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Murphy Brown is a better parent than Dan Quayle

Murphy Brown is a better parent than Dan Quayle — Our readers were polled and the results are in

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A majority of The McLaughlin Group may have declared Dan Quayle’s attack on Murphy Brown a political victory, but according to a Gallup poll commissioned by Entertainment Weekly, the American public thinks Murphy Brown would make a better parent — and a better president — than Dan Quayle. Of the 600 adults Gallup surveyed, more considered the vice president a bad example than Murphy. Here’s how the results break down:

Who do you think would make a better parent, Dan Quayle or Murphy Brown?

Murphy Brown… 43%
Dan Quayle… 32%
Don’t know… 25%

Parents with children living at home favor Murphy by a slim margin, while respondents without kids at home prefer her by more than 2 to 1.

Who do you think would make a better president?

Murphy Brown… 40%
Dan Quayle… 38%
Don’t know… 22%

Men make a Brown-Quayle election a dead heat, but women pick Murphy 42% to 37%. Bad news, Dan — you’re losing the women’s vote to a fictional character.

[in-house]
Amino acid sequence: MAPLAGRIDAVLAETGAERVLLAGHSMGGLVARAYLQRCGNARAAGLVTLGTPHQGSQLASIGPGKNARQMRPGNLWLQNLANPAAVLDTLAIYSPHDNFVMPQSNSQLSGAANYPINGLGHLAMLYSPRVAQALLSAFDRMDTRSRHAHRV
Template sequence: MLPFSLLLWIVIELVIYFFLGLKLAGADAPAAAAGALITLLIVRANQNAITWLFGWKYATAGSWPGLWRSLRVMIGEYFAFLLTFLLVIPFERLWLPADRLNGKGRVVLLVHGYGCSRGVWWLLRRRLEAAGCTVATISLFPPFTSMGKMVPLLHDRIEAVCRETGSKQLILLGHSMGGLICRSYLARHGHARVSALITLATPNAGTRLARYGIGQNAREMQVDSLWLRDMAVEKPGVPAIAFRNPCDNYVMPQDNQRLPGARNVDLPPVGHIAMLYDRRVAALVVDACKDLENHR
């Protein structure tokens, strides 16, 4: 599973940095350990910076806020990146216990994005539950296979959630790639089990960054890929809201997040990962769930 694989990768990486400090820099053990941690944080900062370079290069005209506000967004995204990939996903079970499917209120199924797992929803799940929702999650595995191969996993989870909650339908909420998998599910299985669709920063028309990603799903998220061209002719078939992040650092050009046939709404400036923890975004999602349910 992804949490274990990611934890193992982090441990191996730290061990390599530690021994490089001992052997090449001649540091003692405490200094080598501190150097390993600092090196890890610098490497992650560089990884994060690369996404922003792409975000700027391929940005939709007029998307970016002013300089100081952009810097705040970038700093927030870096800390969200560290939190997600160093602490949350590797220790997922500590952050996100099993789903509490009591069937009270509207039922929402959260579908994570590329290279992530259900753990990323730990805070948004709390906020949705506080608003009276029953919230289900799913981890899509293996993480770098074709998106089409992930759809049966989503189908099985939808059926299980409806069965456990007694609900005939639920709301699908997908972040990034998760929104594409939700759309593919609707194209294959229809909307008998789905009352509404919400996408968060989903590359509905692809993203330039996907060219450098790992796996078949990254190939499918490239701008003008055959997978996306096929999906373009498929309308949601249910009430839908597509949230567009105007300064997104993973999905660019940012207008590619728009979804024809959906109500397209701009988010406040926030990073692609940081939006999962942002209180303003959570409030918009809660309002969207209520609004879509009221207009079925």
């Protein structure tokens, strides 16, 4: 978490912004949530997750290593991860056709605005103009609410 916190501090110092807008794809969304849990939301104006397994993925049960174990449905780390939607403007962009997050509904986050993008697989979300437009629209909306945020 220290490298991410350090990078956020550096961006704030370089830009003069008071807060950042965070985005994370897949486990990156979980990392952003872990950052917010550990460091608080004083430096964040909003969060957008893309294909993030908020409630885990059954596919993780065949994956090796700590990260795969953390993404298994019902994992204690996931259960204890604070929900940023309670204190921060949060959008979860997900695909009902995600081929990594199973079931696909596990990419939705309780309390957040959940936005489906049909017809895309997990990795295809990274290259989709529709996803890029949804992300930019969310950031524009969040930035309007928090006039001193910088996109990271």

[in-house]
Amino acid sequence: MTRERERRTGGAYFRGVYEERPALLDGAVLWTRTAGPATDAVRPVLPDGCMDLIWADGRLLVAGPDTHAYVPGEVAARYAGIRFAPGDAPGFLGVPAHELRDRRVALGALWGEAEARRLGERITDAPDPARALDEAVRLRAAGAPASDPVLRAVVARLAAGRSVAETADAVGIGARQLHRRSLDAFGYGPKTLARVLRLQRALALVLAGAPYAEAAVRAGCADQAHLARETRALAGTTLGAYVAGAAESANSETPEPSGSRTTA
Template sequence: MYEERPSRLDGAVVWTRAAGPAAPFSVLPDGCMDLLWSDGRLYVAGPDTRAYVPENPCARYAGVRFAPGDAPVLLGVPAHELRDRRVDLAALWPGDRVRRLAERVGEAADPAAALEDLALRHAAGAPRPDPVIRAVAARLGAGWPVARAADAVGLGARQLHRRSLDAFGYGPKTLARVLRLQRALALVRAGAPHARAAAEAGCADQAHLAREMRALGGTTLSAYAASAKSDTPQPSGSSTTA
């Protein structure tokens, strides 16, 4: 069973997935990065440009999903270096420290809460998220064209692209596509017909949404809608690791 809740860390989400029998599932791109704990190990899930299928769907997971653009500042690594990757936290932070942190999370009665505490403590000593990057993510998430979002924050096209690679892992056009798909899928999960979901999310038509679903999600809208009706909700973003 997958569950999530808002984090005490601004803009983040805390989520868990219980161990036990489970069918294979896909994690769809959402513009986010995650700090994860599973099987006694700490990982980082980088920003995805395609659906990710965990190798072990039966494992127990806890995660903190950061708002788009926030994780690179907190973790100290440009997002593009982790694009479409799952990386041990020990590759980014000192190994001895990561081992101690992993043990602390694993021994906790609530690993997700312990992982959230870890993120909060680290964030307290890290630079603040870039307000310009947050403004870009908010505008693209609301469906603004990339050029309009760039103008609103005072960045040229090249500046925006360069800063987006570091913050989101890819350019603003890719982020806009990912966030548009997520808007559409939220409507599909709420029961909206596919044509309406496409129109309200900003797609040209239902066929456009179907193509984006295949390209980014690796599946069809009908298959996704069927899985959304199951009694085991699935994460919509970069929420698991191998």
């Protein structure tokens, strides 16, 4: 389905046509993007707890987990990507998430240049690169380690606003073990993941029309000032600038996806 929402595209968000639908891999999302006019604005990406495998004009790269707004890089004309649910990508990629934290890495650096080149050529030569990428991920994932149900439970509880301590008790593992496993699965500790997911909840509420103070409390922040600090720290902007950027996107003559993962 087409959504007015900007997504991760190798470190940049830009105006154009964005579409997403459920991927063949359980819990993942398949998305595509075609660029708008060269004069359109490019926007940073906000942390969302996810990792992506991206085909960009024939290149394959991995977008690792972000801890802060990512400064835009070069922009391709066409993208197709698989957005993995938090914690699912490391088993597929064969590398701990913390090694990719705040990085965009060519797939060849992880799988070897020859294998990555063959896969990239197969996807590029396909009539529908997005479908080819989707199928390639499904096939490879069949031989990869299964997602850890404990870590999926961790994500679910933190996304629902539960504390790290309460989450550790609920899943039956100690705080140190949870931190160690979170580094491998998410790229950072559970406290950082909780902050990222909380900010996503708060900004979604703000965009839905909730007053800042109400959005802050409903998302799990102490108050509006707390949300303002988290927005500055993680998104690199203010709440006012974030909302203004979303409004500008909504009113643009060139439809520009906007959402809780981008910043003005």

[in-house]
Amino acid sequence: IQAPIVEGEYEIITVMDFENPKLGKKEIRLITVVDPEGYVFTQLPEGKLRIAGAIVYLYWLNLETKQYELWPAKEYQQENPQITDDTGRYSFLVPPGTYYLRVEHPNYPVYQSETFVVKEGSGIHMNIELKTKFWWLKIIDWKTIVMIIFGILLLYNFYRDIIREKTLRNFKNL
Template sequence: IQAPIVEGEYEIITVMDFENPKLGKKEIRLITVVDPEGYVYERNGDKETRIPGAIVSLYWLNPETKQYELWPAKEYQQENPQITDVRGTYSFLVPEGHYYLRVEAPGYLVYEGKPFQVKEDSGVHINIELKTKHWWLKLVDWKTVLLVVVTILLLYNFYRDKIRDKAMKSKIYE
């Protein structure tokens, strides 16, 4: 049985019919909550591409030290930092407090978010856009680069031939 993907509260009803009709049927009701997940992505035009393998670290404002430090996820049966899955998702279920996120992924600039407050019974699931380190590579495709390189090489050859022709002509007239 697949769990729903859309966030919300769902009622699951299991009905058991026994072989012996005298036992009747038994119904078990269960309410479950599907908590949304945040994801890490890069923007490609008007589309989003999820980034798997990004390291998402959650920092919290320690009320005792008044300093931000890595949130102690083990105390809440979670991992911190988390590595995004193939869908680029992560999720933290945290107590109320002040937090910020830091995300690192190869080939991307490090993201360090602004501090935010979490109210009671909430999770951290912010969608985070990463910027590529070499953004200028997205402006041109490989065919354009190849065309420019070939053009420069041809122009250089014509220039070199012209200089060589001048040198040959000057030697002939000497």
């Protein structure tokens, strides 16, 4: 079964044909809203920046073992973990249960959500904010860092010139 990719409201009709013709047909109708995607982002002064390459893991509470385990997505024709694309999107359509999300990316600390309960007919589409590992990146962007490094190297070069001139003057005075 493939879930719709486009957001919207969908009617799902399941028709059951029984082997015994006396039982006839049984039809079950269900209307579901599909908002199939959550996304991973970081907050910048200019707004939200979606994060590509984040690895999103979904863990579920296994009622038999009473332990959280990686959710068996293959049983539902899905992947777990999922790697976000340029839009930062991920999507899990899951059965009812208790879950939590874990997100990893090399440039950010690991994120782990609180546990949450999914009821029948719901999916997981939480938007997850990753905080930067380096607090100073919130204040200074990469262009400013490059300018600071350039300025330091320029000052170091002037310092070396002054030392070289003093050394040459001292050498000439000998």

Were you offended by Murphy Brown’s decision to have a baby as a single parent?

Yes… 17%
No… 76%
Don’t know… 7%

Quayle may be wasting his time trying to whip up public outrage over Murphy’s choice. Across the board, fewer than 1 in 4 Americans took umbrage.

Does Murphy Brown set a bad example?

Yes… 27%
No… 65%
Don’t know… 8%

Only 31% of married people frown on Murphy’s example of unwed motherhood; that figure drops to 21% for singles.

Does Dan Quayle set a bad example?

Yes… 40%
No… 50%
Don’t know… 10%

The Vice President gets especially harsh marks from nonwhites, who call him a bad example by a margin of 44% to 41%.

Whom do you trust more?

Murphy Brown… 40%
Dan Quayle… 32%
Neither… 14%
Don’t know… 14%

The gender gap widens on this question. Men consider Brown more trustworthy than Quayle by 37% to 35%, while women trust her by a margin of 44% to 30%.

From a telephone survey of 600 Americans taken for Entertainment Weekly on May 22-25 by the Gallup Organization. Sampling error is plus or minus 4%.